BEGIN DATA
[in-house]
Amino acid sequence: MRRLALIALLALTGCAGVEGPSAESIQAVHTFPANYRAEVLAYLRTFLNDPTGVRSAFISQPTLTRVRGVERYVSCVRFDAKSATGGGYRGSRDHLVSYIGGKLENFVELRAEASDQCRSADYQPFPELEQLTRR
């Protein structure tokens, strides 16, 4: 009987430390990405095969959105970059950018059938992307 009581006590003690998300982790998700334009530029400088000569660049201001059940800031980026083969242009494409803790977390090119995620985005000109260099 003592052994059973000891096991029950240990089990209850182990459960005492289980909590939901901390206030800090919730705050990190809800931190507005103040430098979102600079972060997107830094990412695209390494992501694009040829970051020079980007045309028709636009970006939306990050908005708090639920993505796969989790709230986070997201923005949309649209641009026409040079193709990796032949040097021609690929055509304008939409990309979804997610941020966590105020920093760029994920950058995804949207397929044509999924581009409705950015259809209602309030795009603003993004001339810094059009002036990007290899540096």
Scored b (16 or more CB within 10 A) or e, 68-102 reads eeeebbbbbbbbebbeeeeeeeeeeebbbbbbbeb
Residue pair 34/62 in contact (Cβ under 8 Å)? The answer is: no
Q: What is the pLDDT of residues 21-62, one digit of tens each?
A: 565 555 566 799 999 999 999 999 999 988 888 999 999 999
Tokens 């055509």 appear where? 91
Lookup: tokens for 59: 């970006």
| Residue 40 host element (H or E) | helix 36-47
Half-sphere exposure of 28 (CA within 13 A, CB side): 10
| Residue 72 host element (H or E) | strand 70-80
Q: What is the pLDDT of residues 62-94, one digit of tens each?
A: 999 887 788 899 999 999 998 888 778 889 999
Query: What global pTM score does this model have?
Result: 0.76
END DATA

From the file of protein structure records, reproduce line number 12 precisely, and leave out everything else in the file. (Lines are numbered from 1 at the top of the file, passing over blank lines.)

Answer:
| Residue 72 host element (H or E) | strand 70-80